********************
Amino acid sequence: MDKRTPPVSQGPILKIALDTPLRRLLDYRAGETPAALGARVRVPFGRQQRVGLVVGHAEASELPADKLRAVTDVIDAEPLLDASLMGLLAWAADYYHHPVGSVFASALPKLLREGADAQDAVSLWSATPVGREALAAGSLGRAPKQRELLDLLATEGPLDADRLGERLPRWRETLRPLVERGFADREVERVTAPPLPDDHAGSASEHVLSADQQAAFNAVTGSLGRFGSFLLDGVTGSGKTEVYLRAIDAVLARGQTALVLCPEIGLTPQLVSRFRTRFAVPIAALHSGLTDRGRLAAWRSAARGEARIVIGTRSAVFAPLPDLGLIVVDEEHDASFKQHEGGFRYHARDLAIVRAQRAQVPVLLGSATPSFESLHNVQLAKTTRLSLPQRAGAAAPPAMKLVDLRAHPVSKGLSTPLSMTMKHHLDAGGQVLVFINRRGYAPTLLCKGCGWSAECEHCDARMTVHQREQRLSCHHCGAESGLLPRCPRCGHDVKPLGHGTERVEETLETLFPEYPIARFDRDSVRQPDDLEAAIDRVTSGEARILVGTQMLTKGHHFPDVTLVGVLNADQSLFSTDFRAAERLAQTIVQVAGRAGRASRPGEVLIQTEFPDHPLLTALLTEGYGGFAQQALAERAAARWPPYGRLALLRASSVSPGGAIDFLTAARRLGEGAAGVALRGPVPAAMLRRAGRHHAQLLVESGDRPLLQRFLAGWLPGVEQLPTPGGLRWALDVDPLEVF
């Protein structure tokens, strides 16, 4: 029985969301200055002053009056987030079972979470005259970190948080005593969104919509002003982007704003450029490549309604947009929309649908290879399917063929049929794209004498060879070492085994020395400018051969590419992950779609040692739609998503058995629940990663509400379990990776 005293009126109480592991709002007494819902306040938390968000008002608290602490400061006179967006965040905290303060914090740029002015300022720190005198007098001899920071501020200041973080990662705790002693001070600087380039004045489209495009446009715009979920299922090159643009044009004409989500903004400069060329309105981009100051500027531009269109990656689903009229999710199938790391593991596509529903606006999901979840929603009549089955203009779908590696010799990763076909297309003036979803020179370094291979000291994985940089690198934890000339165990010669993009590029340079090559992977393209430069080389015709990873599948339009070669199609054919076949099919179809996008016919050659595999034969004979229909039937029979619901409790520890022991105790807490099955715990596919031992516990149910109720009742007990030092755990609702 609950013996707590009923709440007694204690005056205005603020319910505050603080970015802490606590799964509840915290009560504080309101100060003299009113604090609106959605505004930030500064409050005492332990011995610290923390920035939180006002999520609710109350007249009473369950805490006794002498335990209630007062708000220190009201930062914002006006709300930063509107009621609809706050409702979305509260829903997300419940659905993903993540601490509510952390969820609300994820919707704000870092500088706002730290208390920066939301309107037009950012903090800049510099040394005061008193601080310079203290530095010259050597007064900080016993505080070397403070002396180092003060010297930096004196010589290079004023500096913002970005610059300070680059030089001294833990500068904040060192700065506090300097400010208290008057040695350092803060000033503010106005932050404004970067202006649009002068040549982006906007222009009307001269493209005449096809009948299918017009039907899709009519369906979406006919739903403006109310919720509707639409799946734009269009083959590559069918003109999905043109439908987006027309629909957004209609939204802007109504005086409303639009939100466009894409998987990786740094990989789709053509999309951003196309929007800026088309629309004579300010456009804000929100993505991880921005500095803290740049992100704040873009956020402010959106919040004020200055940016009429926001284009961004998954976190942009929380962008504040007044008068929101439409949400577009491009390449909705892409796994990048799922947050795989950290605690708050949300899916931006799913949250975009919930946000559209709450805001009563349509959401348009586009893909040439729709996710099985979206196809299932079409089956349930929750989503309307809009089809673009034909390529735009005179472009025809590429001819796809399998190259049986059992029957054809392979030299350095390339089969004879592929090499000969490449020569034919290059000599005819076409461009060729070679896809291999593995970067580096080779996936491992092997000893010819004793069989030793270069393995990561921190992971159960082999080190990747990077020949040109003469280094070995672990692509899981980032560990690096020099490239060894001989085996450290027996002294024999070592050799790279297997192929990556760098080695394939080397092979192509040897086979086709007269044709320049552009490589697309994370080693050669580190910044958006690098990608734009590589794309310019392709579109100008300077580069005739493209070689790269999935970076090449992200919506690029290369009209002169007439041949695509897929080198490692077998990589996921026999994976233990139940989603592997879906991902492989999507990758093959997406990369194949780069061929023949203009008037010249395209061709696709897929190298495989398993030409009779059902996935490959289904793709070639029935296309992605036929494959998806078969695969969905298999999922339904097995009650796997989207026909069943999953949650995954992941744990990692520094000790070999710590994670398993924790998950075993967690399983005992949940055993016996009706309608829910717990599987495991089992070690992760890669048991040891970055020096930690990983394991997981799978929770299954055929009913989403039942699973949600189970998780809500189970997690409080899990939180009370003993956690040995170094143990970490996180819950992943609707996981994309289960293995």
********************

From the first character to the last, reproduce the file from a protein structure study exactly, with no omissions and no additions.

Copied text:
Amino acid sequence: MDKRTPPVSQGPILKIALDTPLRRLLDYRAGETPAALGARVRVPFGRQQRVGLVVGHAEASELPADKLRAVTDVIDAEPLLDASLMGLLAWAADYYHHPVGSVFASALPKLLREGADAQDAVSLWSATPVGREALAAGSLGRAPKQRELLDLLATEGPLDADRLGERLPRWRETLRPLVERGFADREVERVTAPPLPDDHAGSASEHVLSADQQAAFNAVTGSLGRFGSFLLDGVTGSGKTEVYLRAIDAVLARGQTALVLCPEIGLTPQLVSRFRTRFAVPIAALHSGLTDRGRLAAWRSAARGEARIVIGTRSAVFAPLPDLGLIVVDEEHDASFKQHEGGFRYHARDLAIVRAQRAQVPVLLGSATPSFESLHNVQLAKTTRLSLPQRAGAAAPPAMKLVDLRAHPVSKGLSTPLSMTMKHHLDAGGQVLVFINRRGYAPTLLCKGCGWSAECEHCDARMTVHQREQRLSCHHCGAESGLLPRCPRCGHDVKPLGHGTERVEETLETLFPEYPIARFDRDSVRQPDDLEAAIDRVTSGEARILVGTQMLTKGHHFPDVTLVGVLNADQSLFSTDFRAAERLAQTIVQVAGRAGRASRPGEVLIQTEFPDHPLLTALLTEGYGGFAQQALAERAAARWPPYGRLALLRASSVSPGGAIDFLTAARRLGEGAAGVALRGPVPAAMLRRAGRHHAQLLVESGDRPLLQRFLAGWLPGVEQLPTPGGLRWALDVDPLEVF
């Protein structure tokens, strides 16, 4: 029985969301200055002053009056987030079972979470005259970190948080005593969104919509002003982007704003450029490549309604947009929309649908290879399917063929049929794209004498060879070492085994020395400018051969590419992950779609040692739609998503058995629940990663509400379990990776 005293009126109480592991709002007494819902306040938390968000008002608290602490400061006179967006965040905290303060914090740029002015300022720190005198007098001899920071501020200041973080990662705790002693001070600087380039004045489209495009446009715009979920299922090159643009044009004409989500903004400069060329309105981009100051500027531009269109990656689903009229999710199938790391593991596509529903606006999901979840929603009549089955203009779908590696010799990763076909297309003036979803020179370094291979000291994985940089690198934890000339165990010669993009590029340079090559992977393209430069080389015709990873599948339009070669199609054919076949099919179809996008016919050659595999034969004979229909039937029979619901409790520890022991105790807490099955715990596919031992516990149910109720009742007990030092755990609702 609950013996707590009923709440007694204690005056205005603020319910505050603080970015802490606590799964509840915290009560504080309101100060003299009113604090609106959605505004930030500064409050005492332990011995610290923390920035939180006002999520609710109350007249009473369950805490006794002498335990209630007062708000220190009201930062914002006006709300930063509107009621609809706050409702979305509260829903997300419940659905993903993540601490509510952390969820609300994820919707704000870092500088706002730290208390920066939301309107037009950012903090800049510099040394005061008193601080310079203290530095010259050597007064900080016993505080070397403070002396180092003060010297930096004196010589290079004023500096913002970005610059300070680059030089001294833990500068904040060192700065506090300097400010208290008057040695350092803060000033503010106005932050404004970067202006649009002068040549982006906007222009009307001269493209005449096809009948299918017009039907899709009519369906979406006919739903403006109310919720509707639409799946734009269009083959590559069918003109999905043109439908987006027309629909957004209609939204802007109504005086409303639009939100466009894409998987990786740094990989789709053509999309951003196309929007800026088309629309004579300010456009804000929100993505991880921005500095803290740049992100704040873009956020402010959106919040004020200055940016009429926001284009961004998954976190942009929380962008504040007044008068929101439409949400577009491009390449909705892409796994990048799922947050795989950290605690708050949300899916931006799913949250975009919930946000559209709450805001009563349509959401348009586009893909040439729709996710099985979206196809299932079409089956349930929750989503309307809009089809673009034909390529735009005179472009025809590429001819796809399998190259049986059992029957054809392979030299350095390339089969004879592929090499000969490449020569034919290059000599005819076409461009060729070679896809291999593995970067580096080779996936491992092997000893010819004793069989030793270069393995990561921190992971159960082999080190990747990077020949040109003469280094070995672990692509899981980032560990690096020099490239060894001989085996450290027996002294024999070592050799790279297997192929990556760098080695394939080397092979192509040897086979086709007269044709320049552009490589697309994370080693050669580190910044958006690098990608734009590589794309310019392709579109100008300077580069005739493209070689790269999935970076090449992200919506690029290369009209002169007439041949695509897929080198490692077998990589996921026999994976233990139940989603592997879906991902492989999507990758093959997406990369194949780069061929023949203009008037010249395209061709696709897929190298495989398993030409009779059902996935490959289904793709070639029935296309992605036929494959998806078969695969969905298999999922339904097995009650796997989207026909069943999953949650995954992941744990990692520094000790070999710590994670398993924790998950075993967690399983005992949940055993016996009706309608829910717990599987495991089992070690992760890669048991040891970055020096930690990983394991997981799978929770299954055929009913989403039942699973949600189970998780809500189970997690409080899990939180009370003993956690040995170094143990970490996180819950992943609707996981994309289960293995």